Now we will give some formal definitions of independent events and disjoint events. But first we must explain the symbols for intersection and union of events.

**INDEPENDENT AND DISJOINT EVENTS**

Now we will give some formal definitions of
independent events and disjoint events. But first we must explain the symbols
for intersection and union of events.

** Definition 5.3.1: Intersection. **Let

We often say that *G* occurs only if both *E*
and *F* occur. Let us define the union
of two events.

** Definition 5.3.2: Union. **Let

In Example 2 (roll two dice independently), let *E* = {observe the same face on each die}
and let *F* = {the first face is even}.
Then *E* = [{1, 1}, {2, 2}, {3, 3}, {4,
4}, {5, 5}, and {6, 6}]. *F* = [{2, 1},
{2, 2}, {2, 3}, {2, 4}, {2, 5}, {2, 6}, {4, 1}, {4, 2}, {4, 3}, {4, 4}, {4, 5},
{4, 6}, {6, 1}, {6, 2}, {6, 3}, {6, 4}, {6, 5}, and {6, 6}]. Take *G *=*
E **∩** F*. Because* G *consists of the common elementary
events,* G *= [{2, 2}, {4, 4}* *and {6, 6}].

We see here that *P*(*E*) = 6/36 = 1/6, *P*(*F*)
= 18/36 = 1/2, and *P*(*G*) = 3/36 = 1/12. When we intersect
three or more events, for example, the events *D*, *E*, and *F*, we simply denote that intersection by
*K* = *D **∩** E **∩ **F*. This set is the same as taking the set *H* = *D
**∩ **E* and then
taking *K* = *H **∩ **F*, or taking *G* = *E **∩ **F* and then finding *K = D **∩**G*.

An additional point: The order in which the
successive intersections is taken and the order in which the sets are arranged
do not matter.

** Definition 5.3.3: Mutual
Independence. **Let

Definition 5.3.3 tells us that a set of events are
mutually independent if, and only if, the probability of the intersection of
any pair, or any set of three up to the set of all *k* events, is equal to the product of their individual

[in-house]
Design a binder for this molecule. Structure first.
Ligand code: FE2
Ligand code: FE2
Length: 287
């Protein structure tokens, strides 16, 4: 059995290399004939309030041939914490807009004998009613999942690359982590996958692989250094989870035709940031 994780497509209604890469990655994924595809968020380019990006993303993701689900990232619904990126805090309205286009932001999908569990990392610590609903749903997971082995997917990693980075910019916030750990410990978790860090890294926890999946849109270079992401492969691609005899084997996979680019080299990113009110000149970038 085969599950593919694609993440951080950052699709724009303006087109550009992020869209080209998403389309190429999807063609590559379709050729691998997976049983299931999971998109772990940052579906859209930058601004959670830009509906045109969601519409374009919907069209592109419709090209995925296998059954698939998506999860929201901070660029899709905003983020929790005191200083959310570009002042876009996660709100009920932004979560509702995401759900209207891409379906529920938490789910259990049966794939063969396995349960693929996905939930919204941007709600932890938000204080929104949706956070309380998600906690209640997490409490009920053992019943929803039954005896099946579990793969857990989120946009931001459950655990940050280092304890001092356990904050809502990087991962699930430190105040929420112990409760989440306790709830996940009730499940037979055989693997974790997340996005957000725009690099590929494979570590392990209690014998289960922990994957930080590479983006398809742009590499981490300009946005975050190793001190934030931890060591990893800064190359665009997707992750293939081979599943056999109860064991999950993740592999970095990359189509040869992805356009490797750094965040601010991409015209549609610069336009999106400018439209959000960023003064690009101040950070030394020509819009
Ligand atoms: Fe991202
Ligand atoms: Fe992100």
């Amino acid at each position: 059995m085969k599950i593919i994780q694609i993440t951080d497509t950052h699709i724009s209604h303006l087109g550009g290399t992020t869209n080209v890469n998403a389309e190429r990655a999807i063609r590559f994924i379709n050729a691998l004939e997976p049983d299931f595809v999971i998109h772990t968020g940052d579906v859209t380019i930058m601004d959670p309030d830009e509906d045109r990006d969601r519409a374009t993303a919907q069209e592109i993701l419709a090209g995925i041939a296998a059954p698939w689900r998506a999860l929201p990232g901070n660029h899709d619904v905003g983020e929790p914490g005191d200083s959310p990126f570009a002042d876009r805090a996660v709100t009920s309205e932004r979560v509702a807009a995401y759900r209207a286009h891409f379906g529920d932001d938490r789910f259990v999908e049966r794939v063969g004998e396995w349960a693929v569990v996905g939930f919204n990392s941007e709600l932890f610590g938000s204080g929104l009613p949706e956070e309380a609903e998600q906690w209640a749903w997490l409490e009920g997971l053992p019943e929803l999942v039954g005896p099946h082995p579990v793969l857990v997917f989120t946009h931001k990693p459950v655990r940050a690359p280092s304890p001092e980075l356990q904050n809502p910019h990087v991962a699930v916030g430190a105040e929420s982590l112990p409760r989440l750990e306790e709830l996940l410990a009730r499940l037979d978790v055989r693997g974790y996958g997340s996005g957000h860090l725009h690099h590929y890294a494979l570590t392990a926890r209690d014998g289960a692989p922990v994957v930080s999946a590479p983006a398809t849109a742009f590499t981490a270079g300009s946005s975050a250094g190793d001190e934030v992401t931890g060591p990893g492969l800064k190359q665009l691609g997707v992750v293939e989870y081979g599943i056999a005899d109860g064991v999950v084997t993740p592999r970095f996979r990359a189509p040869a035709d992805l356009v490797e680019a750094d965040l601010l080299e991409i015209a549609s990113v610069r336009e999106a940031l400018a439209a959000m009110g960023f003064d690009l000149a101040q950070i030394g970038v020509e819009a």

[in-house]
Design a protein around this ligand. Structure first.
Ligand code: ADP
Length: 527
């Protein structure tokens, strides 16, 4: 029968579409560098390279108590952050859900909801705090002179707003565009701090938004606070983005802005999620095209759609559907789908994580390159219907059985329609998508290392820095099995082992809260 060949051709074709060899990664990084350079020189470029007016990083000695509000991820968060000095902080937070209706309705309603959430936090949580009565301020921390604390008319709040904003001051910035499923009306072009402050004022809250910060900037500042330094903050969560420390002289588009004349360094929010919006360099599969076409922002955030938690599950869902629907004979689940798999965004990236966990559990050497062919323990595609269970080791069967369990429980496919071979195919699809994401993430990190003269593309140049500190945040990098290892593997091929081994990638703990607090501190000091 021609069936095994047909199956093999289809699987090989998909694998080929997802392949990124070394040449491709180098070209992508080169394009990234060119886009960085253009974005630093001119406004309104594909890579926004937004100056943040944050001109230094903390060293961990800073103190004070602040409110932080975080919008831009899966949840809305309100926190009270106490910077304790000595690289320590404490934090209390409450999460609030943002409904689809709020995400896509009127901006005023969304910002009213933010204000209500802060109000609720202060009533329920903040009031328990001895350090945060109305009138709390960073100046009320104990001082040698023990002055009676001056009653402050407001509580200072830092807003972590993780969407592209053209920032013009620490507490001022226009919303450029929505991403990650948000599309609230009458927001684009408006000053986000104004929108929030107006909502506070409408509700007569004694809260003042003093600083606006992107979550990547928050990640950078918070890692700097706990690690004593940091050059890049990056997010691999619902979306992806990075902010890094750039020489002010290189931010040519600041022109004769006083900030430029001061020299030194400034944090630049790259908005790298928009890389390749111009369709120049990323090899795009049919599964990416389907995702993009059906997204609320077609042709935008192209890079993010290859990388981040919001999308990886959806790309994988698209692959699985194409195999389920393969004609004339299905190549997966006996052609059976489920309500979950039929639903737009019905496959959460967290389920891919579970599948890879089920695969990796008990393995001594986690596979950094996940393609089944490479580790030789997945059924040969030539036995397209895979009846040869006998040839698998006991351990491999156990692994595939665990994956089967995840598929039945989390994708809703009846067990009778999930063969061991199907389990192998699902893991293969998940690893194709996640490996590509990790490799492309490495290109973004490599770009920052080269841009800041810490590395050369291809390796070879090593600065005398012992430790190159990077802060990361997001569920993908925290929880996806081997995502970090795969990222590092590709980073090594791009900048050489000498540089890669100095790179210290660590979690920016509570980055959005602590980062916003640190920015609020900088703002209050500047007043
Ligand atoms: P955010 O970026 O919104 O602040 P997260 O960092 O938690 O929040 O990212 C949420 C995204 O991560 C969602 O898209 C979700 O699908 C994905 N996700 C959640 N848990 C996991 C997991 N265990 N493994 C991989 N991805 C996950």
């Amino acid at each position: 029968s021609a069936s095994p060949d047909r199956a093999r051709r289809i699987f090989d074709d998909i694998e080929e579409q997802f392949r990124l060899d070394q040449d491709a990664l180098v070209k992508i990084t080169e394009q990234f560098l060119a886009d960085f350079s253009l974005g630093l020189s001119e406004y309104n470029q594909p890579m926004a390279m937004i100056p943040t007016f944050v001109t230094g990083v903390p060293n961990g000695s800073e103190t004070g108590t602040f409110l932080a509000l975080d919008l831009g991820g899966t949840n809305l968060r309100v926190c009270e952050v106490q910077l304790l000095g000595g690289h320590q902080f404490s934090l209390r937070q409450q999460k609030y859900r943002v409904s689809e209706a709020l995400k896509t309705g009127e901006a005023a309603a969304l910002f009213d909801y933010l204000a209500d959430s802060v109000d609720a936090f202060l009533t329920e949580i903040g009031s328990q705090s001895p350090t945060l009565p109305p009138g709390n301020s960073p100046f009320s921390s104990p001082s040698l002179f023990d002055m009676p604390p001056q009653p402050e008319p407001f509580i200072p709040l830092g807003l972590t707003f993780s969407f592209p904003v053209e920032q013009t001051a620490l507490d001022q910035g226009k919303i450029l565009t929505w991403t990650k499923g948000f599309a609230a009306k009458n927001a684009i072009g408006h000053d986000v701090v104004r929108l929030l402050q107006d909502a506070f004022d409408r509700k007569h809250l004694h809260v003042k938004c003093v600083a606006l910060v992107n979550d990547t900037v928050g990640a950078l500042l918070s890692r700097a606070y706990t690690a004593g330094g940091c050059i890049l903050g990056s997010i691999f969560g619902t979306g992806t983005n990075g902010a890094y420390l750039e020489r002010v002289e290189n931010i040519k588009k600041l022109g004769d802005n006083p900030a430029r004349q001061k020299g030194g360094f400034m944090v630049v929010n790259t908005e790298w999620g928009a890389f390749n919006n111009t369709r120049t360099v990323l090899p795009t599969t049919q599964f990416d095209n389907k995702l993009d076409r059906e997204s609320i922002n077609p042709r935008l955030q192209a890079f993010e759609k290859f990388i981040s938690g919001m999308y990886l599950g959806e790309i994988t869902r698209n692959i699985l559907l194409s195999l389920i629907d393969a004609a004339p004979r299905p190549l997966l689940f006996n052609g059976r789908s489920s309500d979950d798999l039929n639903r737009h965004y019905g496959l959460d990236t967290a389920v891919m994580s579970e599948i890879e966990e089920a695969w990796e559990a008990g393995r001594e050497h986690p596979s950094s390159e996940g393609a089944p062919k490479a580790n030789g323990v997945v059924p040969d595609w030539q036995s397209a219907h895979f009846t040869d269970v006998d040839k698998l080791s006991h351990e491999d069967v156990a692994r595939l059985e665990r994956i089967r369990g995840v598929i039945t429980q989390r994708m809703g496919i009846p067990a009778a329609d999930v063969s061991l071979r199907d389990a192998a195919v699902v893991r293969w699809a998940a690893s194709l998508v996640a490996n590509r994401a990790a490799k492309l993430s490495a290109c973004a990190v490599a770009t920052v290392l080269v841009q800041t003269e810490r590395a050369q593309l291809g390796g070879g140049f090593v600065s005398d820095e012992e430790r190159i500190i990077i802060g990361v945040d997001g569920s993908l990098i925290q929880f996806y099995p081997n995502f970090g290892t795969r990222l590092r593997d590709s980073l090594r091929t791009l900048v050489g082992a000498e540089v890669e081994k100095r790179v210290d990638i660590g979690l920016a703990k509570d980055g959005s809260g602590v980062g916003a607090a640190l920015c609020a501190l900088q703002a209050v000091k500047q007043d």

probabilities. We will see shortly how this definition relates to our
commonsense notion that independence means that one event does not affect the
outcome of the others.

In Example 2, *E*
and *F* are independent of each other.
Remember that *E* = {observe the same
face on each die} and *F* = {the first
face is even}. We see from the commonsense notion that whether or not the first
face is even has no effect on whether or not the second face will have the same
number as the first.

We verify mutual independence from the formal
definition by computing *P*(*G*) and comparing *P*(*G*) to *P*(*E*)
*P*(*F*).
We saw earlier that *P*(*G*) = 1/12, *P*(*E*) = 1/6, and *P*(*F*)
= 1/2. Thus,* P*(*E*)* P*(*F*) = (1/6) (1/2) = 1/12. So we have verified that* E *and* F *are independent by checking the definition.

Now we will define mutually exclusive events.

** Definition 5.3.4: Mutually
Exclusive Events. **Let

*Figure 5.1. **Intersection.*

The distinction between the concepts of independent
events and mutually exclu-sive events often leads to confusion. The two
concepts are not related except that they both are defined in terms of
probabilities of intersections.

Let us consider two nonempty events, *A* and *B*. Suppose *A* and *B* are indepen-dent. Now, *P*(*A*)
> 0 and *P*(*B*) > 0, so *P*(*A **∩** B*) = *P*(*A*) *P*(*B*) > 0. Therefore, because *P*(*A **∩ **B*)* *≠* *0,* A *and* B *are not mutually exclusive.

Now consider two mutually exclusive events, *C* and *D*, which are also nonemp-ty. So *P*(*C*) > 0 and *P*(*D*) > 0, but *P*(*C
**∩** D*) = 0
because *C* and *D* are mutually exclusive. Then, since *P*(*C*)*P*(*D*) > 0, *P*(*C
**∩ **D*) ≠ *P*(*C*)*P*(*D*); therefore, *C* and *D* are not independent.

Thus, we see that for two nonempty events, if the
events are mutually exclusive, they cannot be independent. On the other hand,
if they are independent, they cannot be mutually exclusive. Thus, these two
concepts are in opposition.

Venn diagrams are graphics designed to portray
combinations of sets such as those that represent unions and intersections.
Figure 5.1 provides a Venn diagram for the intersection of events *A* and *B*.

Circles in the Venn diagram represent the
individual events. In Figure 5.1, two circles, which represent events *A* and *B*, are labeled *A* and *B*. A third event, the in-tersection of
the two events *A* and *B*, is indicated by the shaded area.
Similarly, Fig-ure 5.2 provides a Venn diagram that illustrates the union of
the same two events.

**Figure 5.2.** Union.

This illustration is accomplished by shading the
regions covered by both of the indi-vidual sets in addition to the areas in
which they overlap.

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